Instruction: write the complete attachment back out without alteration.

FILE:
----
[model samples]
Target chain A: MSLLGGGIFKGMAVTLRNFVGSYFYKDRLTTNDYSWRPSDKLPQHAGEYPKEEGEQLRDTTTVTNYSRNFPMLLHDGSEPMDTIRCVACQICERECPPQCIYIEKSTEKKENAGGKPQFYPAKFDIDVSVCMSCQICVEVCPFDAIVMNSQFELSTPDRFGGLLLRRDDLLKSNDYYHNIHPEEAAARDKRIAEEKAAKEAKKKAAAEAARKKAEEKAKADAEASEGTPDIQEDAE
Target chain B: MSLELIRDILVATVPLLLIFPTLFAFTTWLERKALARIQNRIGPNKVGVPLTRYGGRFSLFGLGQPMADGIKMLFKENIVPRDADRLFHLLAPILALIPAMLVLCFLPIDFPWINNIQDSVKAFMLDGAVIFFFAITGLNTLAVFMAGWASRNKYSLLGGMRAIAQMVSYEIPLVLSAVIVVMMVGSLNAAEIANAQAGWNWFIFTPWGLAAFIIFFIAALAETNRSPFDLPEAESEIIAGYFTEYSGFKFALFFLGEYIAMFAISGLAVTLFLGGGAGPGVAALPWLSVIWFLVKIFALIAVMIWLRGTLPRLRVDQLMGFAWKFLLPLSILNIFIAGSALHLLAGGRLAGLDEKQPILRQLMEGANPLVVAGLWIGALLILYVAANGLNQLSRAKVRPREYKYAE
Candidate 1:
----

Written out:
[model samples]
Target chain A: MSLLGGGIFKGMAVTLRNFVGSYFYKDRLTTNDYSWRPSDKLPQHAGEYPKEEGEQLRDTTTVTNYSRNFPMLLHDGSEPMDTIRCVACQICERECPPQCIYIEKSTEKKENAGGKPQFYPAKFDIDVSVCMSCQICVEVCPFDAIVMNSQFELSTPDRFGGLLLRRDDLLKSNDYYHNIHPEEAAARDKRIAEEKAAKEAKKKAAAEAARKKAEEKAKADAEASEGTPDIQEDAE
Target chain B: MSLELIRDILVATVPLLLIFPTLFAFTTWLERKALARIQNRIGPNKVGVPLTRYGGRFSLFGLGQPMADGIKMLFKENIVPRDADRLFHLLAPILALIPAMLVLCFLPIDFPWINNIQDSVKAFMLDGAVIFFFAITGLNTLAVFMAGWASRNKYSLLGGMRAIAQMVSYEIPLVLSAVIVVMMVGSLNAAEIANAQAGWNWFIFTPWGLAAFIIFFIAALAETNRSPFDLPEAESEIIAGYFTEYSGFKFALFFLGEYIAMFAISGLAVTLFLGGGAGPGVAALPWLSVIWFLVKIFALIAVMIWLRGTLPRLRVDQLMGFAWKFLLPLSILNIFIAGSALHLLAGGRLAGLDEKQPILRQLMEGANPLVVAGLWIGALLILYVAANGLNQLSRAKVRPREYKYAE
Candidate 1: